Innovations can be categorised in three groups, depending on whether they target the competitive element, rule enforcement, or spectators. The most obvious driver of innovation in sport is the need to enable athletes to produce better results. Examples of such innovations include new materials (carbon nanotubes, nanocomposites, shape memory alloys, self-healing polymers, technical textiles, etc.), new and improved sport products (shoes, clothes, skis, bikes, boats, rackets, poles, etc.) but also new sport nutrition and drinks.
A perhaps less obvious category of innovations concerns the need to ensure that rules are properly and fairly applied, not just during sport events (e.g. refereeing), but also in the run-up and following events (e.g. doping controls).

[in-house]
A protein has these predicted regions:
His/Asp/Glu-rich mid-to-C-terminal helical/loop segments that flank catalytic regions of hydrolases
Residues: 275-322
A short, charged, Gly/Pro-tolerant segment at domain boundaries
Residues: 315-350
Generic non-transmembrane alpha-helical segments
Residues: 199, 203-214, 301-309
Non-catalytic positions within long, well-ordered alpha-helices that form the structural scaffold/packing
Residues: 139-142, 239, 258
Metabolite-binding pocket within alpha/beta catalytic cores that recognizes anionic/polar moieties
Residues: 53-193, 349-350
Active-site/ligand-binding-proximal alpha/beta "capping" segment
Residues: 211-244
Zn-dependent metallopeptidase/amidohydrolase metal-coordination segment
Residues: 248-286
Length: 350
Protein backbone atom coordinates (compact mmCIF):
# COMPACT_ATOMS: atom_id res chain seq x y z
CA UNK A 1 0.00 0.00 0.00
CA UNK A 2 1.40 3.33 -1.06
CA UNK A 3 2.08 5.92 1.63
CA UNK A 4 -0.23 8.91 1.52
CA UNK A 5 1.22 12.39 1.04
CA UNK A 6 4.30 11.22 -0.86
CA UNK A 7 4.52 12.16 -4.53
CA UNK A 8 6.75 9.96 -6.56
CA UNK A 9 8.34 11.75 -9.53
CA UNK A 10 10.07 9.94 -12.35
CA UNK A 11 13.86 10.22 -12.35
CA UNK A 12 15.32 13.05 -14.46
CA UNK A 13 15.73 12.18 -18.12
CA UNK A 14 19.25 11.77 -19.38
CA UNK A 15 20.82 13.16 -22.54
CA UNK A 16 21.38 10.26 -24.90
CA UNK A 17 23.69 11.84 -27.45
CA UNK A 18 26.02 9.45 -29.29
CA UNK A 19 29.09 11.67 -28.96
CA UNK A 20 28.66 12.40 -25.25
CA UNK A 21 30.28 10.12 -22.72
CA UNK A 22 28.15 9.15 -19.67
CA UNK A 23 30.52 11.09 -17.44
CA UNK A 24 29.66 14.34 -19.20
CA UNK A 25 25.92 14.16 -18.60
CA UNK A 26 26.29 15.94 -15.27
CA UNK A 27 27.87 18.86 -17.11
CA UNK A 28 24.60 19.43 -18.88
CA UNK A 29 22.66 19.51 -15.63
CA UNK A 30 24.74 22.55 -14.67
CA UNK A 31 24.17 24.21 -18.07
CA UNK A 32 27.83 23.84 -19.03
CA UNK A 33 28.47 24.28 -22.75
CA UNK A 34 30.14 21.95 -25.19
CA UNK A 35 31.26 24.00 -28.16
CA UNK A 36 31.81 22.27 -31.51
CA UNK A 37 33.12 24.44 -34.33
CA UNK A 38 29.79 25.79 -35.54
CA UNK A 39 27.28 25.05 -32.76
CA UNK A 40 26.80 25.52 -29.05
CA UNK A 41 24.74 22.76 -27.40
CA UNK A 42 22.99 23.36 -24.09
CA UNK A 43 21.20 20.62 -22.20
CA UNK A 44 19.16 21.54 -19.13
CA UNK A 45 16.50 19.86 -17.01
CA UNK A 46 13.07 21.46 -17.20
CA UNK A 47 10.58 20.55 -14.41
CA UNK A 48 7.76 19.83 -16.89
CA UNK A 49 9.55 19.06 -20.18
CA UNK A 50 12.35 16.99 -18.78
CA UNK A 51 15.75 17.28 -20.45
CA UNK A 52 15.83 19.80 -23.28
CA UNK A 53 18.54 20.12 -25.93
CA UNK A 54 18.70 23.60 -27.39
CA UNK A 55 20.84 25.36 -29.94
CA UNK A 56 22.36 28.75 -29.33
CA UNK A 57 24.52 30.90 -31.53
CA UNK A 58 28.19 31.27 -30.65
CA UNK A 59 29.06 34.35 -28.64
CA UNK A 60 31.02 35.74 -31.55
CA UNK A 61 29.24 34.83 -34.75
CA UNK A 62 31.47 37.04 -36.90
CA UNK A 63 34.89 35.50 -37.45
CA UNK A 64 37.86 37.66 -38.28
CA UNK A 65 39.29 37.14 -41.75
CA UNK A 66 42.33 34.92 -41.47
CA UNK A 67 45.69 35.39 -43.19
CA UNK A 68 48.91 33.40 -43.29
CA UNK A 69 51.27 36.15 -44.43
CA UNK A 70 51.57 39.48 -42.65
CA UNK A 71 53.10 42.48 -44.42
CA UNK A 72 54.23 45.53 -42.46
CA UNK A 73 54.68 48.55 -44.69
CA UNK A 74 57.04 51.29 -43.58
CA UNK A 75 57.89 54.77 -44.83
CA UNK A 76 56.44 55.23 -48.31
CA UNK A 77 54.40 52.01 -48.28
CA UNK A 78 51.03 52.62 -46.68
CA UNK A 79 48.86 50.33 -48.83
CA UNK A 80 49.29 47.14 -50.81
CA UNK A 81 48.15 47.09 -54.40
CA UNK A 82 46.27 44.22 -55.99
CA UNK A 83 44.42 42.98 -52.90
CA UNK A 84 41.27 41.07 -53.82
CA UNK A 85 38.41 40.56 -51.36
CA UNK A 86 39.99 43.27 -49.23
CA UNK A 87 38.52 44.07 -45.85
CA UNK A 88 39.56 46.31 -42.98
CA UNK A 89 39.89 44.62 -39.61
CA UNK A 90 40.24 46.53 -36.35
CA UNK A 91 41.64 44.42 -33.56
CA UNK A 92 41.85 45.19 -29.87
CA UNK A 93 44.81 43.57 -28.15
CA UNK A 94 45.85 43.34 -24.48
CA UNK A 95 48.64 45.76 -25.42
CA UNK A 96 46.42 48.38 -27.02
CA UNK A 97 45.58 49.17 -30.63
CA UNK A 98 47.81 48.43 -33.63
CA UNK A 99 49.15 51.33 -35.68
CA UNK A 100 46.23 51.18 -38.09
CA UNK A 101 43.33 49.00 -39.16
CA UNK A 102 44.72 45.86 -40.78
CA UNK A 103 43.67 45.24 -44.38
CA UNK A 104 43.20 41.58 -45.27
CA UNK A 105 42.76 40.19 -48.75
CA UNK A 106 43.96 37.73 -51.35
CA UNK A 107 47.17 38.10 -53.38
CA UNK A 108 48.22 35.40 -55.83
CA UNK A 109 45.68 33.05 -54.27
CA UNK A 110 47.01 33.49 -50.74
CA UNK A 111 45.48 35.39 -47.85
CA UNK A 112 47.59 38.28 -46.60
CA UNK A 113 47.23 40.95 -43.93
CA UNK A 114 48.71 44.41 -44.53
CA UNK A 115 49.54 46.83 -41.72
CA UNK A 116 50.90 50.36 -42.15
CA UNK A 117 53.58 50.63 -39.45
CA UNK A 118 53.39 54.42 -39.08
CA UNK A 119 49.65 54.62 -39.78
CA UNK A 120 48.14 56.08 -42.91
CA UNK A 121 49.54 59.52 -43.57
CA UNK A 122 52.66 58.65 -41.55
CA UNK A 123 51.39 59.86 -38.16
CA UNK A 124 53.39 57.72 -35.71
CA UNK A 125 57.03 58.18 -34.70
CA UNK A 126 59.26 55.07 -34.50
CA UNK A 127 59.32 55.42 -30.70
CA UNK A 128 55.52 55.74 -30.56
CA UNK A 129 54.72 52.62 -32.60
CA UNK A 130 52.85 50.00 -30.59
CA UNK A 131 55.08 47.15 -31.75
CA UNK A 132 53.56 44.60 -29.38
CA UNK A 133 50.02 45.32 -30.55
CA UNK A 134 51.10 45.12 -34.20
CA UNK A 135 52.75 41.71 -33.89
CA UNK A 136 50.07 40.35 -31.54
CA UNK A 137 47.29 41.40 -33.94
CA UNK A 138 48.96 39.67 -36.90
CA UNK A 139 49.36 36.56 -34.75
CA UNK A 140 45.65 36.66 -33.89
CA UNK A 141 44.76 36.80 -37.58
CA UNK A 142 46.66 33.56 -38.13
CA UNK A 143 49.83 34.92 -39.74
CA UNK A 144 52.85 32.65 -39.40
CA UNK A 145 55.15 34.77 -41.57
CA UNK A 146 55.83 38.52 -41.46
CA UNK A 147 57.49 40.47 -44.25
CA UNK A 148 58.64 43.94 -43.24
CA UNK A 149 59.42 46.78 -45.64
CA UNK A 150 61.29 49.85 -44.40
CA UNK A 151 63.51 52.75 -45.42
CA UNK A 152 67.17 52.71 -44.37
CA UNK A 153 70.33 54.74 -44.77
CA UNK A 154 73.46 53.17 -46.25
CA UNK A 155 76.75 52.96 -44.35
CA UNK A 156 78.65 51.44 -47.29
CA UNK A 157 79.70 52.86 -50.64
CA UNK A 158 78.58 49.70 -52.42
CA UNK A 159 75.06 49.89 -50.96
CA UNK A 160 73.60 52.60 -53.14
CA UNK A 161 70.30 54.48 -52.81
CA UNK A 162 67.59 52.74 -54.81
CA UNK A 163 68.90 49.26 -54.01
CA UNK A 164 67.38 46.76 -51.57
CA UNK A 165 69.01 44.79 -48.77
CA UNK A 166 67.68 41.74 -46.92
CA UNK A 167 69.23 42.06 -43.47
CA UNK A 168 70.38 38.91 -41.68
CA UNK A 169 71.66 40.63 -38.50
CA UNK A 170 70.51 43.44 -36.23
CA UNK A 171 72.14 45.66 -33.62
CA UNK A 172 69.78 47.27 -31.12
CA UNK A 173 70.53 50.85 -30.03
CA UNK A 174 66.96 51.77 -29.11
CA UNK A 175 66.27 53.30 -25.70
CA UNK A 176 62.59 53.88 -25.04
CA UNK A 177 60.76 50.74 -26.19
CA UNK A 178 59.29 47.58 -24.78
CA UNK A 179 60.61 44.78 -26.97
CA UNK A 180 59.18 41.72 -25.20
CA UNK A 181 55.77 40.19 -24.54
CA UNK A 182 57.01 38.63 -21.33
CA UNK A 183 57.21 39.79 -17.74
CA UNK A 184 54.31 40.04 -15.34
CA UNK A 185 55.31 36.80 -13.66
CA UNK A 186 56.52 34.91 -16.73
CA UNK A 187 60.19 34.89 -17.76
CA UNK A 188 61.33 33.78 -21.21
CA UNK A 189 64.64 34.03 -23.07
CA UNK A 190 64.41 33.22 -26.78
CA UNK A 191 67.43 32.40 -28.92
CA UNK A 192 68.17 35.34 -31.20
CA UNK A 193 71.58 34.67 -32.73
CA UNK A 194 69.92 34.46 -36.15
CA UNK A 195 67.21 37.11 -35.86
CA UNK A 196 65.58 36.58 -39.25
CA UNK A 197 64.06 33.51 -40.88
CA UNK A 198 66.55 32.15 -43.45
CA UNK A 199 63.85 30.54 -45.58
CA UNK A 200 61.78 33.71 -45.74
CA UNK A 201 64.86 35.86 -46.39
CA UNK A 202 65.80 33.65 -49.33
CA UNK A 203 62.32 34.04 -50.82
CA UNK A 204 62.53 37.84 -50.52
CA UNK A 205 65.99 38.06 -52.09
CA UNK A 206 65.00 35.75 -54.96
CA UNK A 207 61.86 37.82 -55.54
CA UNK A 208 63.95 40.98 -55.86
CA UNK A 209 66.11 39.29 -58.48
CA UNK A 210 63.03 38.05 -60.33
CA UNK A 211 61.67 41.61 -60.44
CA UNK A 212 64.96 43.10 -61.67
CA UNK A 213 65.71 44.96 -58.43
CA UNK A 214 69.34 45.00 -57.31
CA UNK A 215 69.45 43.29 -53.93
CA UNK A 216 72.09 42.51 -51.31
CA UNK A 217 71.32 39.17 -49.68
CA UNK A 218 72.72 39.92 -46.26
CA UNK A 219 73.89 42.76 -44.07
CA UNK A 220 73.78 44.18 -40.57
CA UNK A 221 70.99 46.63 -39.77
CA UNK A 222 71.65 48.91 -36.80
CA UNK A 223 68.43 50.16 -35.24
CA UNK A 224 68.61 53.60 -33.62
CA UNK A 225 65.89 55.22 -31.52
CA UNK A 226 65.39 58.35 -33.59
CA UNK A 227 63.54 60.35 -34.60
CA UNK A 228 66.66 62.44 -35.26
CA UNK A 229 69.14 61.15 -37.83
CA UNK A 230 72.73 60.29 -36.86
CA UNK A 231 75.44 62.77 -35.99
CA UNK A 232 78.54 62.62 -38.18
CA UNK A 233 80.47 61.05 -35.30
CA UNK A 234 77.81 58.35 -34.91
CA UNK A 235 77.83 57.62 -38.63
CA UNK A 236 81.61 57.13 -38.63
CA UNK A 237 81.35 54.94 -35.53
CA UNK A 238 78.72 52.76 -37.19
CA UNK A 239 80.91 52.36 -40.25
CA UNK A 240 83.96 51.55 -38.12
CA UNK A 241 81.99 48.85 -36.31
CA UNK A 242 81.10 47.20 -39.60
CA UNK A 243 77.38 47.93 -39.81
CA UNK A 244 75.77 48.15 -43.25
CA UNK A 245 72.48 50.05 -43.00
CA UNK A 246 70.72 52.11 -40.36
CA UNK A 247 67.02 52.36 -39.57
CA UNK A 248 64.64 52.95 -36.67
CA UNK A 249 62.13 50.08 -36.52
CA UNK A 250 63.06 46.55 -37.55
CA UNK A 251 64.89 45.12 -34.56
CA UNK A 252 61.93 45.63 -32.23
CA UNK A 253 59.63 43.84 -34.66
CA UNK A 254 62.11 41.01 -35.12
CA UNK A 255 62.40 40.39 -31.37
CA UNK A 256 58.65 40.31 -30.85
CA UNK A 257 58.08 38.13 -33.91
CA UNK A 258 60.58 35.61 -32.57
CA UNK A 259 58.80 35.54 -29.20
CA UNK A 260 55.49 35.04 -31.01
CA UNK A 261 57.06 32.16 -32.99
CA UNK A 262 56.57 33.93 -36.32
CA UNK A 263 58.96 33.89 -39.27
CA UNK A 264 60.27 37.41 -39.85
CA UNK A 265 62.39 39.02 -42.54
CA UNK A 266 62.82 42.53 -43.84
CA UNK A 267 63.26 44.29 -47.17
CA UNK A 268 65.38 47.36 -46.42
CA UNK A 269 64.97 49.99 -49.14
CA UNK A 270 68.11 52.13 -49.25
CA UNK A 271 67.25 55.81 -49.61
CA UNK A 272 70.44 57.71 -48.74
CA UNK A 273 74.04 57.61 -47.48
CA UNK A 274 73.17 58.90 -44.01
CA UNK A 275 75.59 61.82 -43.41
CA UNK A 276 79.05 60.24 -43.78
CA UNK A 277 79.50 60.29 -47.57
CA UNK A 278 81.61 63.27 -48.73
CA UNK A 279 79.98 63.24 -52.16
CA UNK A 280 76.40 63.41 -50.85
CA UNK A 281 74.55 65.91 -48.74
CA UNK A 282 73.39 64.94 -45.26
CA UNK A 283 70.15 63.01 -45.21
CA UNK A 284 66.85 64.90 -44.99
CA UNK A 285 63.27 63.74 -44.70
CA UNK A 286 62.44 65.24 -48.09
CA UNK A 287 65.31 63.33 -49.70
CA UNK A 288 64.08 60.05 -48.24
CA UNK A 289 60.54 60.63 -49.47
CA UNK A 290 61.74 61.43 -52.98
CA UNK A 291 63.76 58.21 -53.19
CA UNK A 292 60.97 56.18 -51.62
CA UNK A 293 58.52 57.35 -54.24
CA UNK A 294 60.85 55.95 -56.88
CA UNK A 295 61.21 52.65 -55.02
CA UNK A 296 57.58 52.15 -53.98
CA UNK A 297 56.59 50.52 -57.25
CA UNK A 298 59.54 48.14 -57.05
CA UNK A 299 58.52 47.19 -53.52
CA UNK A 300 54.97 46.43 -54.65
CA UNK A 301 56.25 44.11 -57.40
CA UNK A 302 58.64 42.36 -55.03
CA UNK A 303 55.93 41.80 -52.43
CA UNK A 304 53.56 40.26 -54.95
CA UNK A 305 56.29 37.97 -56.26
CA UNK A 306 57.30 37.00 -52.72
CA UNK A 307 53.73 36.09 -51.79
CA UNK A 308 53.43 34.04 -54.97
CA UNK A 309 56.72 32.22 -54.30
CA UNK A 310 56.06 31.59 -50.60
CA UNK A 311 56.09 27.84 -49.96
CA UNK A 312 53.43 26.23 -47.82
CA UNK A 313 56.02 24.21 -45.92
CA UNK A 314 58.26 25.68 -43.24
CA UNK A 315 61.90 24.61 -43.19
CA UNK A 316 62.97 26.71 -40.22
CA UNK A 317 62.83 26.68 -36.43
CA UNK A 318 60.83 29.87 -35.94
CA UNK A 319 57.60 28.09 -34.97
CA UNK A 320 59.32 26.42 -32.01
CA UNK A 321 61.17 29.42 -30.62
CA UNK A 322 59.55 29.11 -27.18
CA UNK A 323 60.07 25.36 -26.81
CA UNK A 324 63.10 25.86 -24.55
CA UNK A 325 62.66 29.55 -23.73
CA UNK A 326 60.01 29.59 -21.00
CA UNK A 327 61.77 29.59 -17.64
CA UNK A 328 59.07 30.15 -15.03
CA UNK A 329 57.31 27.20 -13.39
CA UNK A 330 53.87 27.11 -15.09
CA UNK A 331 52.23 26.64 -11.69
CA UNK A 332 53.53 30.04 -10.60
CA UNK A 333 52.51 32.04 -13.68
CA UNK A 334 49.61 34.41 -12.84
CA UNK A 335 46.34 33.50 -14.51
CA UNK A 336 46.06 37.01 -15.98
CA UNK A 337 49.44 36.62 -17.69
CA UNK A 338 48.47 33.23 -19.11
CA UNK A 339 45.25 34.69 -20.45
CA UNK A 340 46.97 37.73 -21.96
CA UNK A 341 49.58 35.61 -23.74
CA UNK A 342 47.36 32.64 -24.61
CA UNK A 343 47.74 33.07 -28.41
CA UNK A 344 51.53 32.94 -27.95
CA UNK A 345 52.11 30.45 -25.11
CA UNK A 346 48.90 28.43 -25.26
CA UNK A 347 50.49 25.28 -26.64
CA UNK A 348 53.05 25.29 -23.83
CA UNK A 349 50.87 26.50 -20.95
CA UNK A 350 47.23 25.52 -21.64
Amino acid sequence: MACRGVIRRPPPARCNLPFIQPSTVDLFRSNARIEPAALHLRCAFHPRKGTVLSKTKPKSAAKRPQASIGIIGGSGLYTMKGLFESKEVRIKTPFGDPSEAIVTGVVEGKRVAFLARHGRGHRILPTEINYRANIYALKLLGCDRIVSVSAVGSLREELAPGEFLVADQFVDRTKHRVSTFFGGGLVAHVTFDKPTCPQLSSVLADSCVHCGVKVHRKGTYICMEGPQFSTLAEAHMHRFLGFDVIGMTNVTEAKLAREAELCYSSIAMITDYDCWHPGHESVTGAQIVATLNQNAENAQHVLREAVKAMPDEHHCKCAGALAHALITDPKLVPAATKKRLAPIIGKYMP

The third group of innovations is driven by the desire to improve the spectator experience, not only for those attending sport events but also for spectators enjoying the same events elsewhere (typically on TV). These two groups of spectators have some challenges and needs in common, such as the need for information and customisation. The two needs can often be satisfied simultaneously by new technological tools, giving each spectator a unique experience of an event: replays on command; views from different angles; historical and statistical information. Other needs, such as comfort, safety and security, are not shared by the two groups of spectators and need to be addressed separately. Innovations in ergonomics, wireless networks, microclimate environments, and closed-circuit security cameras have contributed to making the spectator experience safer, more comfortable and more secure.